Hence no banker appears to be in the pipeline of those that would become governor in the forthcoming governorship elections in 2023. The exception may be Tokunbo Abiru, who just transited from being the MD of Polaris bank to being a senator representing Lagos state in the National Assembly (NASS). Information in the grape vine indicates that the newly ‘minted’ senator is being prepped for governorship of Lagos state after the very hardworking and new ground breaking governor, Sanwo-Olu’s time is done.
God willing, the highly driven and super performing governor, Sanwo-Olu would be allowed to complete his two terms, if he is spared the fate that befell the immediate past governor, Akinwunmi Ambode who could only serve one term at the behest of his godfather and kingmaker of Lagos state who withdrew his support when Ambode was seeking a second term. By the way, offering support to make a candidate win and withdrawing the assistance if the political office holder fails to meet the expectations of the promoter or godfather is legitimate in politics. A typical case in point is when Theodore Roosevelt the 26th president of the USA who had ‘crowned’ his protege, William Howard Taft the 27th president by making him succeed him. But Roosevelt eventually withdrew his support when they fell out, resulting in president Taft’s failure to win a second term as president.
Optimistically, serving only one term hasn’t become the rule (Standard Operating Procedure, SOP) rather than the exception in Lagos state.
There are also a couple of ex Zenith Bank and UBA alumnus that became governors in the northern states whose identities l can’t readily recall. Notably, there has been a steady flow of bankers into politics, including Isa Yuguda -a two term governor of Bauchi state who had served as the MD of both Inland bank and NAL merchant bank (both banks are now defunct) at different points in time.
Why are politicians not entrusting or handing over the reins of state governments to their handpicked acolytes in the banking sector anymore?
In my reckoning, the presumption of competence as prudent managers of financial resources, confidence in their banker’s ability to hide the financial misdeeds of their predecessors, capacity to prudently manage state funds, (an expectation underscored by their experience as bankers) and the anticipation of political naivety from the bankers whom their political godfathers assume would facilitate their continued control the political of the states even after they have exited as governors. As it turned out, it was a miscalculation and therefore based on false hope which in almost all the cases collapsed like a pack of cards.
Although the bankers became governors overnight, they learnt the political ropes very fast.
Hence in Anambra state Willie Obiano allegedly ditched Peter Obi, his mentor before the ink used by INEC in signing his victory at the polls could dry up.
Ditto for Emmanuel Udom in Akwa Ibom who also decoupled himself from the stranglehold by his former boss, Akpabio, who was allegedly still acting as if he was in his 3rd term with Udom as his surrogate. Ex-bank MD, Isa Yuguda also fell out with his bosom friend, the former governor of the state, Adamu Muazu from whom he took over the mantle of leadership.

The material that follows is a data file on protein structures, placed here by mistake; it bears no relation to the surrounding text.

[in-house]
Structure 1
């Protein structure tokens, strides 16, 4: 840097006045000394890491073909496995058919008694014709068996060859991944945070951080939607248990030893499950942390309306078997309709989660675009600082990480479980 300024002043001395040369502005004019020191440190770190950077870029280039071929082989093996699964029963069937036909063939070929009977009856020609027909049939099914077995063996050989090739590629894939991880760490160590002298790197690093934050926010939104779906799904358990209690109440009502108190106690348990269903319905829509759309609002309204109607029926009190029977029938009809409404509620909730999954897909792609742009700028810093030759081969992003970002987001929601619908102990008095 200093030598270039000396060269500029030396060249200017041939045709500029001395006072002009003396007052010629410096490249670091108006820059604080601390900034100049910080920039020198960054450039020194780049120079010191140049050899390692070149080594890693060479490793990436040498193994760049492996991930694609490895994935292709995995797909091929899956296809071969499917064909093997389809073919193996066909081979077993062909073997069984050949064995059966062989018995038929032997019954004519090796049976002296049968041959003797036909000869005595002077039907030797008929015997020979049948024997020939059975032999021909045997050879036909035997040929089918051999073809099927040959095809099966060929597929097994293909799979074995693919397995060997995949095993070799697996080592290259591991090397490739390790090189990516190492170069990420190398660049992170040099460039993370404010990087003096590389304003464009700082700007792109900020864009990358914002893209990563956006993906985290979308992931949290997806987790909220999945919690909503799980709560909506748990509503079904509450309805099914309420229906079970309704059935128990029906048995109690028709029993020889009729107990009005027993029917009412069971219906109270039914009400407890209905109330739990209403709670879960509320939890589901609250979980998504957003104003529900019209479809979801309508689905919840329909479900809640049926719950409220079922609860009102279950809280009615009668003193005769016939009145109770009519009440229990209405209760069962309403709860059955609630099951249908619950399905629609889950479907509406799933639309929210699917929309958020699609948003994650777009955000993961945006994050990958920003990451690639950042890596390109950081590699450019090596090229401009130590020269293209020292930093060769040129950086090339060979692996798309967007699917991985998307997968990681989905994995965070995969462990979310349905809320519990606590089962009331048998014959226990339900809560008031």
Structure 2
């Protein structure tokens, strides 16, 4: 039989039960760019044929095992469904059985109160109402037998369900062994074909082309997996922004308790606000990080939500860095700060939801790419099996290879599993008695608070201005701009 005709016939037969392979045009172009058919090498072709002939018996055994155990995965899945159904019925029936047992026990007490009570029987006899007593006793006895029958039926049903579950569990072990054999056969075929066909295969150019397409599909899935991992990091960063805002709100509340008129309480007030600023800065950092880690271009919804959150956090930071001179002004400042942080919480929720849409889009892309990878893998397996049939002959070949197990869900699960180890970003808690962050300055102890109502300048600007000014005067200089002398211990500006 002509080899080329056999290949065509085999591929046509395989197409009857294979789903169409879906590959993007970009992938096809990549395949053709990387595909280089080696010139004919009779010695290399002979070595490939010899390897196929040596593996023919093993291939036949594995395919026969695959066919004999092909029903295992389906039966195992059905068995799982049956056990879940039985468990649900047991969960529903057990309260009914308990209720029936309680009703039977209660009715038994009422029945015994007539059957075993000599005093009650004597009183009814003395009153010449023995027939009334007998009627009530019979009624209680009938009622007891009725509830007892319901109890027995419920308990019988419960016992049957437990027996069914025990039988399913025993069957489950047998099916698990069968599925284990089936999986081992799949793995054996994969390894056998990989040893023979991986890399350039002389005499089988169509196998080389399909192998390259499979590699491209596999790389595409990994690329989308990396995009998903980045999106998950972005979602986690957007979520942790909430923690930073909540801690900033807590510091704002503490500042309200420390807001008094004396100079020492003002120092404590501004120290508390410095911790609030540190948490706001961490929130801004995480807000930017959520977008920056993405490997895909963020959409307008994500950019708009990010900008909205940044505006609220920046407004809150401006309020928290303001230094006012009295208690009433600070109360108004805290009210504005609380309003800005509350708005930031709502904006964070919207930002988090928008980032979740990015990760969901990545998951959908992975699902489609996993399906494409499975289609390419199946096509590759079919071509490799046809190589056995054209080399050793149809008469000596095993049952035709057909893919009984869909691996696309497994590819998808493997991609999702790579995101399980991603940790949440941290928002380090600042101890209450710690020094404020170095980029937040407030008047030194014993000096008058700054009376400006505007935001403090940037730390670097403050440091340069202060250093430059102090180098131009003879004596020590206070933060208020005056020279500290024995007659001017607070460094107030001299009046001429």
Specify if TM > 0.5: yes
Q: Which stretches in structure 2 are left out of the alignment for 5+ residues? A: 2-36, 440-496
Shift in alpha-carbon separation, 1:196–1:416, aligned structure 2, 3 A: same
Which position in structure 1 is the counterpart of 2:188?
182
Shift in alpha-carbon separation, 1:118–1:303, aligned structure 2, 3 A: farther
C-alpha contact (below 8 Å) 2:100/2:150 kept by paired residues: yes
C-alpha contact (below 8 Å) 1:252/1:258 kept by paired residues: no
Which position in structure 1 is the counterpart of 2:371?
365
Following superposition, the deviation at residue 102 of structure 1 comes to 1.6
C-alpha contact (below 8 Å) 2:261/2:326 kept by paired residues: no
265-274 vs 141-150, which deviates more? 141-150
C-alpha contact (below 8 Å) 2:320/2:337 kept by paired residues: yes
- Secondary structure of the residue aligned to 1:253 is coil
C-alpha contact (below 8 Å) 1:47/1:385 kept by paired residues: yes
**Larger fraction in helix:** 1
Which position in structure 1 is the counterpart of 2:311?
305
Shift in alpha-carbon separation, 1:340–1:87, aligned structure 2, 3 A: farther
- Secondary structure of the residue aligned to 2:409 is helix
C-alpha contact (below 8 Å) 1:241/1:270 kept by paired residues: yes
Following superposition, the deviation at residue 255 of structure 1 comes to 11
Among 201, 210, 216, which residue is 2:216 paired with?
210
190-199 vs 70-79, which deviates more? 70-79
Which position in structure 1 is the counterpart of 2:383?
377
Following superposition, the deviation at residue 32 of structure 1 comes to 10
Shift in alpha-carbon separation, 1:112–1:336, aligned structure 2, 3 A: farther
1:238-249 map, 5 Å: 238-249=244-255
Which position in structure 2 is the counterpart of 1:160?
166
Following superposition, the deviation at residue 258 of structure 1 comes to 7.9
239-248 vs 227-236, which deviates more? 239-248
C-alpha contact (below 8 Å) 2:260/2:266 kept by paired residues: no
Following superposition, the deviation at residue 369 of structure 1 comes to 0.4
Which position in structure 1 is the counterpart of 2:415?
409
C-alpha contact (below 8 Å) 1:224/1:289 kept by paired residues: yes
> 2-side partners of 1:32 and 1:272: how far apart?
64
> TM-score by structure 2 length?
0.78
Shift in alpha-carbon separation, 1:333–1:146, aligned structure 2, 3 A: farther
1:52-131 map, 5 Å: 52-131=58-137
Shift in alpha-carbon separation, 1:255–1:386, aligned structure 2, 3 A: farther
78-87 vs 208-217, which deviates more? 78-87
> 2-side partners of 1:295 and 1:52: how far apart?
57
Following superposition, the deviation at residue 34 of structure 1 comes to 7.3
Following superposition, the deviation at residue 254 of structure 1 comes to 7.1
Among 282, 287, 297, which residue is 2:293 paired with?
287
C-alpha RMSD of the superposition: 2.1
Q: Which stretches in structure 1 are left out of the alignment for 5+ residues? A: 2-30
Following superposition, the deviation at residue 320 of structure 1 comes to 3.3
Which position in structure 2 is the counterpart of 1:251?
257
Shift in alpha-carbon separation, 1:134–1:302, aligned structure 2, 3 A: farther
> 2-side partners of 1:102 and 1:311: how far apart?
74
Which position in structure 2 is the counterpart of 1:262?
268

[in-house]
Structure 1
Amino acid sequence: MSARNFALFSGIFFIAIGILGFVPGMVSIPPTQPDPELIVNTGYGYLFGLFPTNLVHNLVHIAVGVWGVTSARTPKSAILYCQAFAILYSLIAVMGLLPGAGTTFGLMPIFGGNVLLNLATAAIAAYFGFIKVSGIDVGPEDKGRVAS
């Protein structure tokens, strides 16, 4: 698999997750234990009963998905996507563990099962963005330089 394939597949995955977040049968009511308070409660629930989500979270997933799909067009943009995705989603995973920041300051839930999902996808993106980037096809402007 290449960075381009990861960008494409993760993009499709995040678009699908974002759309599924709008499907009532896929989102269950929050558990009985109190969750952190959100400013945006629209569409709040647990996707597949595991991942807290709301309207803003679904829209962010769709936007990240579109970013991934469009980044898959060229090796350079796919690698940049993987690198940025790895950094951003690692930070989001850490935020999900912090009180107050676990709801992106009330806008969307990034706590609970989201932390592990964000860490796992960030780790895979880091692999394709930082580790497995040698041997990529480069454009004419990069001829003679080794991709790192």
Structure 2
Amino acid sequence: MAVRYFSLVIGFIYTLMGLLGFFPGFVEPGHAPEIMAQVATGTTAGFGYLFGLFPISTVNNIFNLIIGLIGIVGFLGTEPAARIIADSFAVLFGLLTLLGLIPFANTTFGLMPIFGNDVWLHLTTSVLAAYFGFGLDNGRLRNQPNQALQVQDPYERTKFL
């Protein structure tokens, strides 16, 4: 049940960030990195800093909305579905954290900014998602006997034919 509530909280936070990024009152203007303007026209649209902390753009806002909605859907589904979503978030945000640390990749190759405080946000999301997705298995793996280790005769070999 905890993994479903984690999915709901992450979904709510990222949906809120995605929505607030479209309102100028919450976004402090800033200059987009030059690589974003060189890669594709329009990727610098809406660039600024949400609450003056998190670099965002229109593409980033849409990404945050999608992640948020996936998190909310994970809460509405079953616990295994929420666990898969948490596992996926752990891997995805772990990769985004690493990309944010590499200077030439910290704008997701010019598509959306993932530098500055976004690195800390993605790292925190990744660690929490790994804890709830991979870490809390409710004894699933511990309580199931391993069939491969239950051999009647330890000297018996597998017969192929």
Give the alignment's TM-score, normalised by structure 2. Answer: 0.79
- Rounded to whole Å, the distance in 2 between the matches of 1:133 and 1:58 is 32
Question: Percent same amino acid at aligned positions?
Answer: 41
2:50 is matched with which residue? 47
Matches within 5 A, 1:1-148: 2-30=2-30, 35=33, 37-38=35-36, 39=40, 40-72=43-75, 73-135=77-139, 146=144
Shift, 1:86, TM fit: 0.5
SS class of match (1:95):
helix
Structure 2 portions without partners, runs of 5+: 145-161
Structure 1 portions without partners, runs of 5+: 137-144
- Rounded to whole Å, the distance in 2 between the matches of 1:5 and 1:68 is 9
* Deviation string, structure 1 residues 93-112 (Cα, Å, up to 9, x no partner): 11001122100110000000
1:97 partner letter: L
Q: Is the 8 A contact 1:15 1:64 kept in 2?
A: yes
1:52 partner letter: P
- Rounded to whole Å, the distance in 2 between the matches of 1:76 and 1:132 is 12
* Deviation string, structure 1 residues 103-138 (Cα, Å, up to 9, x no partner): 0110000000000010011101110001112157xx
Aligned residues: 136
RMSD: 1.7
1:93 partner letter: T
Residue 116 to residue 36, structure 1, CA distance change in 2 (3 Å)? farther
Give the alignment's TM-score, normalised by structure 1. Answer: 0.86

There are those who may wonder how come ex bank MDs would be so liquid to set up their own banks after soon leaving office?
Well, they earn hefty salaries, emoluments and perks.
In addition to their salaries, which range from N80-N100m per annum, bank MDs
are also rewarded with a certain percentage (let’s just say 10%) of the Profit After Tax, PAT earned by the banks annually.
For instance, the MD of a bank that earned one hundred billion naira (N100, 000, 000,000) as PAT in one year would have earned 10% of N100, 000, 000, 000b which would amount to N10,000, 000,000b.
If a bank MD earns that consistently in 10 years which is the CBN approved maximum tenure for bank MDs, he would have earned at least a hundred billion naira. That’s even without adding similar income in the periods that the MDs were EDs or DMDs.
The analysis above is just a hypothetical straight line calculation for the purpose of putting things in perspective.
But, one can imagine that a smart MD (more often than not, they are) would be re-investing such incomes consistently to boost his/her wealth.
So it’s not impossible that a handful of the ex bank MDs can bring in equity of at least 10 billion naira out of the N100b required for a universal banking license and a good chunk of the N25b for a national bank and over half of the N15b for regional or merchant bank license.
Other strategic investors, whom the bank MDs must have identified in the course of their ‘MDship’ usually provide some of the additional equity contributions and the rest can be borrowed funds. Thus most banks, like most business ventures are set up with equity and debt with varying ratios of debt to equity.
Now, the Bank MDs whose retirement are on the horizon are Herbert Wigwe of Access bank who entered the role in 2014. Going by CBN rule he is due to retire in 2024, all things being equal.